Jefferson (2); The Link Trail ate my camera (September 6)
(Just Trish, not Alex -- Trish's slow slow grid work)
Caps Ridge Trail, Link Trail, Castle Trail to summit, Caps Ridge back down to car (loop hike).
Total miles: just under 7, exact count later.
There are no pictures for this trip report. There would have been, but the Link Trail ate my camera. I'll explain later.
We got into Campton very late last night, since Hugh had to work at MIT later than usual. Therefore, I did not get to bed until 1am, and I got up at 5am, so I was running on 4 hours of broken sleep.
Got to the trailhead by 6:30. Started off, having had no breakfast or coffee, and on very little sleep. The first 1.1 miles were easy and as I remember from the first time around. A few moderate pitches, mostly easy, good footing. However, it took me a while to get into it, having had little sleep and no coffee.
Came to the Link Trail, and I decided to take it and then summit using the Castle Trail.
The White Mountain book describes this trail as being heavily eroded, with difficult footing.
That would be a huge understatement!!! Though this trail did not ascend or descend much (it's a connector path between ascending/descending trails), it was overgrown and BADLY eroded. I mean VERY badly. Countless times I put my hiking poles on what looked like solid ground, only to have that bit of trail fall away beneath my feet and go sliding down the mountain. Trees were overturned everywhere, and I had to climb over many root systems. I'd step on boulders (with trail blazes on them) and they'd go toppling over and off the path. There were animal dens everywhere around and underneath the trail. I'm sure I walked on the ceiling of a hundred animal homes today. The path itself was narrow, and tree branches grew over the middle. I gave up avoiding spider webs and leaves after the first half mile and just accepted that I'd come off this trail covered with all kinds of stuff, from head to toe.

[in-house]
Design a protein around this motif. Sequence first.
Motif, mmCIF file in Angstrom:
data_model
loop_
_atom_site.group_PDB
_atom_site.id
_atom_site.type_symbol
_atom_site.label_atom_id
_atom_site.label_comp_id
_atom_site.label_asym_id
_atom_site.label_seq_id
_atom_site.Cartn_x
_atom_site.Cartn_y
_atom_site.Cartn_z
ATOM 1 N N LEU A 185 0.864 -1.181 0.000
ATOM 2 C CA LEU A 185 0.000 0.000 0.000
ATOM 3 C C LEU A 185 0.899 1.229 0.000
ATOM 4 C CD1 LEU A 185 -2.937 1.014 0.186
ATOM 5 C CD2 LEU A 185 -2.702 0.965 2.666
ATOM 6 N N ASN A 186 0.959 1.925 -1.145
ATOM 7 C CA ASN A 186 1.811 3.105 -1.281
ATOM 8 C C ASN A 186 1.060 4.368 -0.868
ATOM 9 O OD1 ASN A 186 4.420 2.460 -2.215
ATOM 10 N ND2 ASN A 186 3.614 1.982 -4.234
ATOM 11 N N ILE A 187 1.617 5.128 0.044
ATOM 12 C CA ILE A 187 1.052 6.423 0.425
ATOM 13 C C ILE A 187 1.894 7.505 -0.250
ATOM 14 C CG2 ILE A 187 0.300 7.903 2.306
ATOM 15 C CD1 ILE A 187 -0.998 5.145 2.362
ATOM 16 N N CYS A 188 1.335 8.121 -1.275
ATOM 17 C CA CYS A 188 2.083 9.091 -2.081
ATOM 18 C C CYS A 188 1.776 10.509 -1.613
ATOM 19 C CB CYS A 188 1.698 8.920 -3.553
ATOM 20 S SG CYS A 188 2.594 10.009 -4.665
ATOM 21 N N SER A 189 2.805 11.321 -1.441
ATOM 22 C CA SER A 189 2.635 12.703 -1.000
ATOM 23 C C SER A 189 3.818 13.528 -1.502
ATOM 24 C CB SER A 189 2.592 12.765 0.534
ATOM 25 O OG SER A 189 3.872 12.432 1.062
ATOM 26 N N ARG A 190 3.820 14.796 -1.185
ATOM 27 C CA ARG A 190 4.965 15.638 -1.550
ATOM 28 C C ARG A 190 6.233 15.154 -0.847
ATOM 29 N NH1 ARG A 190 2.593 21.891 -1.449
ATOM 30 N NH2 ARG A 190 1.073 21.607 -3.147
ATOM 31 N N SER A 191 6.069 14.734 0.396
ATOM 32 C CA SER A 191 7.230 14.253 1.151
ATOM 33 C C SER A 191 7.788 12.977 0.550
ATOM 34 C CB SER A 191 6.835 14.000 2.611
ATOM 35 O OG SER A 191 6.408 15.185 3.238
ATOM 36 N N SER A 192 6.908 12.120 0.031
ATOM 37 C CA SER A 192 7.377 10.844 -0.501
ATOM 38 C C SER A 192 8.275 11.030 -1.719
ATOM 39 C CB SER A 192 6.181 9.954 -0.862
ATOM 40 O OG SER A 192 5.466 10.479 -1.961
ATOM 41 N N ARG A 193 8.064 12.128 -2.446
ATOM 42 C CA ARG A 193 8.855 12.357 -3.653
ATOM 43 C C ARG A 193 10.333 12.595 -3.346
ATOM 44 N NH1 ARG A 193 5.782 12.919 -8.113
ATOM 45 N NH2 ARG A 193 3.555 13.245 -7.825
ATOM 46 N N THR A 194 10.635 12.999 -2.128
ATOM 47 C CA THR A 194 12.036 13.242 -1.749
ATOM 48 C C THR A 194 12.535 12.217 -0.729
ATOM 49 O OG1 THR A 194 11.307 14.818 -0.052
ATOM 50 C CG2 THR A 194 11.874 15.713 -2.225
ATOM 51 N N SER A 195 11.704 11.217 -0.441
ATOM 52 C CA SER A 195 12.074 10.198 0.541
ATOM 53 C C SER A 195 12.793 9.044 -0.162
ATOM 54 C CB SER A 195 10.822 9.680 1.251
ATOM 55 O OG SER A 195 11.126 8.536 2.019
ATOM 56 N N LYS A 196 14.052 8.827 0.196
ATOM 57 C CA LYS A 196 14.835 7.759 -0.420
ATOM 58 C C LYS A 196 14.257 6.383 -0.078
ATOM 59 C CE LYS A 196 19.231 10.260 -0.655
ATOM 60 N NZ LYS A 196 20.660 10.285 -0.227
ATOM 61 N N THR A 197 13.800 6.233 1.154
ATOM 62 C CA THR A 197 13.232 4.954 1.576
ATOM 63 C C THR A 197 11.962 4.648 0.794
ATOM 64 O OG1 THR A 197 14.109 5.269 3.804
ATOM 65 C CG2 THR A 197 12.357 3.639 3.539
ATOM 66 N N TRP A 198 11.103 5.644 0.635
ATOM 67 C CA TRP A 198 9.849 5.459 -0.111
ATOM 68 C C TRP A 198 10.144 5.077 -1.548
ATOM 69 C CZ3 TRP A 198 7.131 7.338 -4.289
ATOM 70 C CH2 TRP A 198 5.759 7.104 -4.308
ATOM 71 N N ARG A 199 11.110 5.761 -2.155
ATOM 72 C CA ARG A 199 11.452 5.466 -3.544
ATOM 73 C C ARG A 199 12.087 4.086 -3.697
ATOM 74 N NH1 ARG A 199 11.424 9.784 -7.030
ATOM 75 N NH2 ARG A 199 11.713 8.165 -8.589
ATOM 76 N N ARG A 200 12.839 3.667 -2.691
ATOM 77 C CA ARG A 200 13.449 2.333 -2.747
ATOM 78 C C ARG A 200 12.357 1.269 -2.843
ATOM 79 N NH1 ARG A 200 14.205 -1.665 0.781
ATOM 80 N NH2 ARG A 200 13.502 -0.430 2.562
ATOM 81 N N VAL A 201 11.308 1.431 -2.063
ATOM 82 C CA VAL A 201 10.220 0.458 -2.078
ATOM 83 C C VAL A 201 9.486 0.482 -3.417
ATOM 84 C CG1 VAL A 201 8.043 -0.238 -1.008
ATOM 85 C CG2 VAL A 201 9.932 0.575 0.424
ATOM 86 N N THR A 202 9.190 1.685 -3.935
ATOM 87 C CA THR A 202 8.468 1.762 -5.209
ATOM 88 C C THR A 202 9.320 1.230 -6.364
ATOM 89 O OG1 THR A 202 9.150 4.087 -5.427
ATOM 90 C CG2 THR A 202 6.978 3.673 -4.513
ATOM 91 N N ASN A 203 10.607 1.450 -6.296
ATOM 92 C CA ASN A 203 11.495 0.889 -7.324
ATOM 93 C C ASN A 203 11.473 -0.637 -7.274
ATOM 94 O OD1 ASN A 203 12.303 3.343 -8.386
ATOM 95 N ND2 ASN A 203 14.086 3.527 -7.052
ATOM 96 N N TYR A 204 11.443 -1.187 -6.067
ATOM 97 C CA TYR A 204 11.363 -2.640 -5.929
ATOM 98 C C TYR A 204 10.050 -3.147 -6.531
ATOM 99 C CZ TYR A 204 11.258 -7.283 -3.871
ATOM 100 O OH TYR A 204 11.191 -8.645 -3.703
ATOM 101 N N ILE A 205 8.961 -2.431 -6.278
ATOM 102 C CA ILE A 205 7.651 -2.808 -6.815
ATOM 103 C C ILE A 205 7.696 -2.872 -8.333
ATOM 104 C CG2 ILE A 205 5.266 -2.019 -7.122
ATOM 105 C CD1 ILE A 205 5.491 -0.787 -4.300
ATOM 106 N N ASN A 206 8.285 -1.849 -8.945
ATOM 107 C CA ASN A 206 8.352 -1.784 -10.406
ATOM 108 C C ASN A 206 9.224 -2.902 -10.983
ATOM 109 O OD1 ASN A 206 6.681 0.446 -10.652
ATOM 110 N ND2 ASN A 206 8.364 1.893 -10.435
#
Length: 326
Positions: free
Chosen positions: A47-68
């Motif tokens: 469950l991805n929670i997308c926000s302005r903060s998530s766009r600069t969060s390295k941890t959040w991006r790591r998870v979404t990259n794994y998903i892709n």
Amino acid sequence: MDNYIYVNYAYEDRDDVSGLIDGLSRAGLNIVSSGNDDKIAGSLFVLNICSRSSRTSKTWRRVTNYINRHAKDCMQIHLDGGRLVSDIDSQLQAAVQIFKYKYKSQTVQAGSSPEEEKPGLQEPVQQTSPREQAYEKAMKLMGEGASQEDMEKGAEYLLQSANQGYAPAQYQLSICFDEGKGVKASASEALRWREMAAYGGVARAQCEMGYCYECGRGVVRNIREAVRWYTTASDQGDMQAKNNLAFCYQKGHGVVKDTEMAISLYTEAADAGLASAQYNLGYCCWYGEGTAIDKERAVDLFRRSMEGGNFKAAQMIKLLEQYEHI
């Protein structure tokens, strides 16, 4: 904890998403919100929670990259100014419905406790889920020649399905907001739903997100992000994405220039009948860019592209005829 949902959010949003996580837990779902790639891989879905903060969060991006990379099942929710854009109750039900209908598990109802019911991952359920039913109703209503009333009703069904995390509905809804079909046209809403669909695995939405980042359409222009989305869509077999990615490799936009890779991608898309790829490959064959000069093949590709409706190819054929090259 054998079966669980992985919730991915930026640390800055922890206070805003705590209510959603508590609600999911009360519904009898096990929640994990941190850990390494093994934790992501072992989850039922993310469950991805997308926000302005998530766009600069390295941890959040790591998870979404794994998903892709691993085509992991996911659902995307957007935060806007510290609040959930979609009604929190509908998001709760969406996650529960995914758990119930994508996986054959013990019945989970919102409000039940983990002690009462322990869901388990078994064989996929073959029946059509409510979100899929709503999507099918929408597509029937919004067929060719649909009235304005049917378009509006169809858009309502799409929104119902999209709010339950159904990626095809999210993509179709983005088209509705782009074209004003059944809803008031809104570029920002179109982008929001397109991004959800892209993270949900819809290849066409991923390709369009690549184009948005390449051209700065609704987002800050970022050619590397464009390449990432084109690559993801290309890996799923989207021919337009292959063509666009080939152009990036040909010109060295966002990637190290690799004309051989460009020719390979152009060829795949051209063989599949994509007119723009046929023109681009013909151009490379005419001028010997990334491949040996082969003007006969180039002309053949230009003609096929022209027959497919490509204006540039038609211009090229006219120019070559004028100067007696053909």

Then...after around 1.5 miles of this godforsaken path...my camera slipped off my backpack strap and fell to the ground. Then it slid into an animal den, under a tree root system. Arg!
I put my pack down, got out my headlamp, and shined it down into the dirt tunnel. I could see the camera, it was WAY down there. The hole was only big enough for my arm to reach through, not my shoulder. I tried a hiking pole. Nope, didn't reach. I overextended a hiking pole. Still a negative. I taped two hiking poles together, end to end, and then tried to fish it out. I could reach the camera, but I could not catch it to bring it up the shaft. The dirt walls were too loose, the camera just kept slipping back downward after I brought it up a bit. I took out my cord and tried creating a slipknot, but I couldn't get it around the camera. I lay on the ground with my arm sticking in the hole for almost an hour, trying everything I could think of to get the damn thing out. I could see it plainly, but in the end I just could not retrieve the thing.
Finally, I realized that I had been lucky thus far -- no animal had come through one of the other tunnels of that hole to bite me for being so intrusive...and I bade a very sad, fond farewell to my little camera. I put a very small strip of blaze orange tape on one of the upturned roots over the hole. The hole is maybe .1 miles from the intersection with the Castle Trail. If anyone happens to be going along that path in the foreseeable future and can fish the thing out, I'd be eternally grateful. However, I understand it's most likely gone for good. Pooh.